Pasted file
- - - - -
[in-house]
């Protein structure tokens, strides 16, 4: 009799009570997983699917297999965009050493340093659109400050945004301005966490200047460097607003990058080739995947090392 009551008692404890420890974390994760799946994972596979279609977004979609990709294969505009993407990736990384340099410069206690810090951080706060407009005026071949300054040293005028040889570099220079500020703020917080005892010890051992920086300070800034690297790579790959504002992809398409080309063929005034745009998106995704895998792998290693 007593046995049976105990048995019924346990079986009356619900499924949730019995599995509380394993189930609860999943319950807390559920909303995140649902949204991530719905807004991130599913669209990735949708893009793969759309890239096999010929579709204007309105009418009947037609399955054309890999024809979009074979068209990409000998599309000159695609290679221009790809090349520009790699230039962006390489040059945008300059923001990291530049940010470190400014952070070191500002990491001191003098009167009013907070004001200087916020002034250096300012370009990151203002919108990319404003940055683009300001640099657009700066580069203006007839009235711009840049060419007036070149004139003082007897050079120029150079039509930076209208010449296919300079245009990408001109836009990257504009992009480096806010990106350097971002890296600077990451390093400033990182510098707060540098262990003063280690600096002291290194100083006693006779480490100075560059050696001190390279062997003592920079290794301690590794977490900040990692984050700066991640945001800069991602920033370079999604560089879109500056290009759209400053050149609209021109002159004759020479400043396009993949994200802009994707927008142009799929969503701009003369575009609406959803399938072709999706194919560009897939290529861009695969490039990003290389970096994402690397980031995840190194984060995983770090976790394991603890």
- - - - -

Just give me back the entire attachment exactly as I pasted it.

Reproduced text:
[in-house]
């Protein structure tokens, strides 16, 4: 009799009570997983699917297999965009050493340093659109400050945004301005966490200047460097607003990058080739995947090392 009551008692404890420890974390994760799946994972596979279609977004979609990709294969505009993407990736990384340099410069206690810090951080706060407009005026071949300054040293005028040889570099220079500020703020917080005892010890051992920086300070800034690297790579790959504002992809398409080309063929005034745009998106995704895998792998290693 007593046995049976105990048995019924346990079986009356619900499924949730019995599995509380394993189930609860999943319950807390559920909303995140649902949204991530719905807004991130599913669209990735949708893009793969759309890239096999010929579709204007309105009418009947037609399955054309890999024809979009074979068209990409000998599309000159695609290679221009790809090349520009790699230039962006390489040059945008300059923001990291530049940010470190400014952070070191500002990491001191003098009167009013907070004001200087916020002034250096300012370009990151203002919108990319404003940055683009300001640099657009700066580069203006007839009235711009840049060419007036070149004139003082007897050079120029150079039509930076209208010449296919300079245009990408001109836009990257504009992009480096806010990106350097971002890296600077990451390093400033990182510098707060540098262990003063280690600096002291290194100083006693006779480490100075560059050696001190390279062997003592920079290794301690590794977490900040990692984050700066991640945001800069991602920033370079999604560089879109500056290009759209400053050149609209021109002159004759020479400043396009993949994200802009994707927008142009799929969503701009003369575009609406959803399938072709999706194919560009897939290529861009695969490039990003290389970096994402690397980031995840190194984060995983770090976790394991603890």